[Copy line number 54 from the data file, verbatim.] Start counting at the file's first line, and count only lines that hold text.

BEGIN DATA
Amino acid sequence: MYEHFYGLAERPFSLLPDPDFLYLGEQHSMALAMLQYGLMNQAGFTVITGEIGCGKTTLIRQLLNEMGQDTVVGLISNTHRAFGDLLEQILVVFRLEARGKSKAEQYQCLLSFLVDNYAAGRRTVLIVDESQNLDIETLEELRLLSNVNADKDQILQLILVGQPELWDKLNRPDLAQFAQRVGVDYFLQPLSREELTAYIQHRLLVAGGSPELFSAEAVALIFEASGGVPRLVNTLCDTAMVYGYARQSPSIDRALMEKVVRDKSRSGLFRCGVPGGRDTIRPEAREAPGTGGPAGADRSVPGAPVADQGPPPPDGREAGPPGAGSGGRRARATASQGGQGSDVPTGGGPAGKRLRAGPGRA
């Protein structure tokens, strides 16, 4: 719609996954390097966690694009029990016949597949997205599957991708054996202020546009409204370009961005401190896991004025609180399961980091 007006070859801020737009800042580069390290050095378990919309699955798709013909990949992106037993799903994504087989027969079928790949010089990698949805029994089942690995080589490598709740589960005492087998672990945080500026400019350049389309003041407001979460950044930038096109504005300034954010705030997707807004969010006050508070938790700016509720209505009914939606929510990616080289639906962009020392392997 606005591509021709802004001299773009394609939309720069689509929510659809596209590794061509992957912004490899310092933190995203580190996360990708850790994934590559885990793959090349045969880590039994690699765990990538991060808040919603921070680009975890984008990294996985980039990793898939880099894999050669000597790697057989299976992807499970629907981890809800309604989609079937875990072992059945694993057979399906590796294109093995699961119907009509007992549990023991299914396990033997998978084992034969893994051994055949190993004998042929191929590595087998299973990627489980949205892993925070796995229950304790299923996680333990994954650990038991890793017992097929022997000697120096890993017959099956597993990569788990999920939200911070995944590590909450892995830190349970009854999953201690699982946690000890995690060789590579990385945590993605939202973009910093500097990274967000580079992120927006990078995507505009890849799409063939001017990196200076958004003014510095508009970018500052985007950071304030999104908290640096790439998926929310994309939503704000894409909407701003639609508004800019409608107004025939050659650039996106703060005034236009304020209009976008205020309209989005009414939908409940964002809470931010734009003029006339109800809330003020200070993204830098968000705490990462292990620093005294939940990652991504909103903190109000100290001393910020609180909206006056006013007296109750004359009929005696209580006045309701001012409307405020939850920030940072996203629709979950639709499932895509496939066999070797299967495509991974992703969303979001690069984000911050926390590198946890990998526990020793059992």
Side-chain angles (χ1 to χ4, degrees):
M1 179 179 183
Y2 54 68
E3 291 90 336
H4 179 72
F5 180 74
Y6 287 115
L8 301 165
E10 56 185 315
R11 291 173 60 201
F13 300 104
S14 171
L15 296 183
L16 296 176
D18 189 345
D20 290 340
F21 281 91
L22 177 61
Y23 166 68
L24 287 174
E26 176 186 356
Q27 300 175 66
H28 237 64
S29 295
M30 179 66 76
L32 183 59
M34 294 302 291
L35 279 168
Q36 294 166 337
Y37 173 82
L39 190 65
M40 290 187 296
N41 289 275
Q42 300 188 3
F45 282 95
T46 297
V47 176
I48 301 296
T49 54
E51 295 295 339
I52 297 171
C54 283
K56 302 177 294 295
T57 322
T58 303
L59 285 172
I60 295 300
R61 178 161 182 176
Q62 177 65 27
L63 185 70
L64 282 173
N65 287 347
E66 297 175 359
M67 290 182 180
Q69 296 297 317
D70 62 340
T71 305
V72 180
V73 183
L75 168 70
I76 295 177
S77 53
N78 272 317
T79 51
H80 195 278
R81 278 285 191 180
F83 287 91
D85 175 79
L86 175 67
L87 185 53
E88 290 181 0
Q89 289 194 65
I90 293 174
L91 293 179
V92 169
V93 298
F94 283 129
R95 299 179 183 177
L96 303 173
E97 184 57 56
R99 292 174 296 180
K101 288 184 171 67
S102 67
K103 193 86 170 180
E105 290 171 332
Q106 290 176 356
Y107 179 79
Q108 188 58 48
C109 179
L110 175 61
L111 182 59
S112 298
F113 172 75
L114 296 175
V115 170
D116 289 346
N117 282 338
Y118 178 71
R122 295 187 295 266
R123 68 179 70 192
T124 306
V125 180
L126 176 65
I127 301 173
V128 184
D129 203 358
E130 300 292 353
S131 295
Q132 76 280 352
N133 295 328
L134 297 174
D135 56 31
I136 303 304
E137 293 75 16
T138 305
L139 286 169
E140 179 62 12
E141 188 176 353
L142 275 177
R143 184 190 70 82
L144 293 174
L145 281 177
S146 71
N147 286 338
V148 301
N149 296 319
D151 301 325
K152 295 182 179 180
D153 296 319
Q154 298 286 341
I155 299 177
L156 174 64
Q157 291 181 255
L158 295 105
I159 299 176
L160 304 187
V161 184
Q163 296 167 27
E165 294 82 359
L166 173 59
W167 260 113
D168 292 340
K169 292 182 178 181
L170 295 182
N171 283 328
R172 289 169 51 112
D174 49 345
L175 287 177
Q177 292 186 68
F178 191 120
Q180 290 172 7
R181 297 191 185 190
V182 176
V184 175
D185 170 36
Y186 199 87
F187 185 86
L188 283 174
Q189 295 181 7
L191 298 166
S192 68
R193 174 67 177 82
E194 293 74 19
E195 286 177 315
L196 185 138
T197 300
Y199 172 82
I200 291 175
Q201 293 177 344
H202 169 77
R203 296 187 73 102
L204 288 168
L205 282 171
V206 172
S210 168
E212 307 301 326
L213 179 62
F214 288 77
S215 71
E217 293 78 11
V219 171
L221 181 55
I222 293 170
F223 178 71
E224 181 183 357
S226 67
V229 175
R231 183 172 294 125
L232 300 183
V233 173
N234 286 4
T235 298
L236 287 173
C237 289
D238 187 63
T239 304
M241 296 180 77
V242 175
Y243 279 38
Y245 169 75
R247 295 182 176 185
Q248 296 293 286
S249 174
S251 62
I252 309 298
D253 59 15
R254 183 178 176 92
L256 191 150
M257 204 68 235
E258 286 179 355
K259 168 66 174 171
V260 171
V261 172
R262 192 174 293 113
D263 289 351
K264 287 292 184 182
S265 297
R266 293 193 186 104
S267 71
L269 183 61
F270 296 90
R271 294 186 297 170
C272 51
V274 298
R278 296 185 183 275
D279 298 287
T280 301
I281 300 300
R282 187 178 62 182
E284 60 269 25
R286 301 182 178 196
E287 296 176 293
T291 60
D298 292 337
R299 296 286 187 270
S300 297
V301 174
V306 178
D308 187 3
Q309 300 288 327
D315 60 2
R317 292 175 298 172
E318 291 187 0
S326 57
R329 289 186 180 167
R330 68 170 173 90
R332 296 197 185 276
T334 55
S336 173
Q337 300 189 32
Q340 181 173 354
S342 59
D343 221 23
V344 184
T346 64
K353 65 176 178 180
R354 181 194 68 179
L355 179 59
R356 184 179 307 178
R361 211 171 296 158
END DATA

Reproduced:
N65 287 347